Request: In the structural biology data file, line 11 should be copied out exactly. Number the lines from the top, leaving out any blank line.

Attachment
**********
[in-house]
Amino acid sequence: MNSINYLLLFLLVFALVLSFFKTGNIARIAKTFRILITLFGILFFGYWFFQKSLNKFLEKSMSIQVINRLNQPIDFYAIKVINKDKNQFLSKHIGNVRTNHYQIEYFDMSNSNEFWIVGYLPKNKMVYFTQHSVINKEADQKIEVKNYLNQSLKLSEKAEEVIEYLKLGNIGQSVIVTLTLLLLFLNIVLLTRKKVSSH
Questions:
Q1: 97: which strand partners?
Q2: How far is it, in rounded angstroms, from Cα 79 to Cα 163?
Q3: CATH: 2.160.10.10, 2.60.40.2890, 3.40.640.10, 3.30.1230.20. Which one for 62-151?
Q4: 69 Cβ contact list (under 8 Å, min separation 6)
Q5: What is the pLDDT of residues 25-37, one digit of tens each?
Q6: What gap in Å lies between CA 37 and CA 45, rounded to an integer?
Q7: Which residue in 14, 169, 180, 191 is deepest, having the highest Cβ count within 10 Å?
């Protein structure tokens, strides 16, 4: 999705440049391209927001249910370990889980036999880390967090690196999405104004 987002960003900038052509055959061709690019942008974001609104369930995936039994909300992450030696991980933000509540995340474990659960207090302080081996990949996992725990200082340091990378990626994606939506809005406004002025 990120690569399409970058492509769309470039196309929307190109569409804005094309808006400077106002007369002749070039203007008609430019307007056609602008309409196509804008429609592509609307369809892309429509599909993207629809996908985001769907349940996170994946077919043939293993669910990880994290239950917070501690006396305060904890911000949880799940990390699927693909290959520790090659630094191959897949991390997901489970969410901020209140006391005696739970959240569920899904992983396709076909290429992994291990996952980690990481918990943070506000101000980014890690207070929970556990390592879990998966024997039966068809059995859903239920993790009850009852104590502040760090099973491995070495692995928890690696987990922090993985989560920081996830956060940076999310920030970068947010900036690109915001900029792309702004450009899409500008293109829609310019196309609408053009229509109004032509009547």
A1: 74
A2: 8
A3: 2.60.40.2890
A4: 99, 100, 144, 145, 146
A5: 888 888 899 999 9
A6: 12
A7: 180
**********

């Protein structure tokens, strides 16, 4: 999705440049391209927001249910370990889980036999880390967090690196999405104004 987002960003900038052509055959061709690019942008974001609104369930995936039994909300992450030696991980933000509540995340474990659960207090302080081996990949996992725990200082340091990378990626994606939506809005406004002025 990120690569399409970058492509769309470039196309929307190109569409804005094309808006400077106002007369002749070039203007008609430019307007056609602008309409196509804008429609592509609307369809892309429509599909993207629809996908985001769907349940996170994946077919043939293993669910990880994290239950917070501690006396305060904890911000949880799940990390699927693909290959520790090659630094191959897949991390997901489970969410901020209140006391005696739970959240569920899904992983396709076909290429992994291990996952980690990481918990943070506000101000980014890690207070929970556990390592879990998966024997039966068809059995859903239920993790009850009852104590502040760090099973491995070495692995928890690696987990922090993985989560920081996830956060940076999310920030970068947010900036690109915001900029792309702004450009899409500008293109829609310019196309609408053009229509109004032509009547």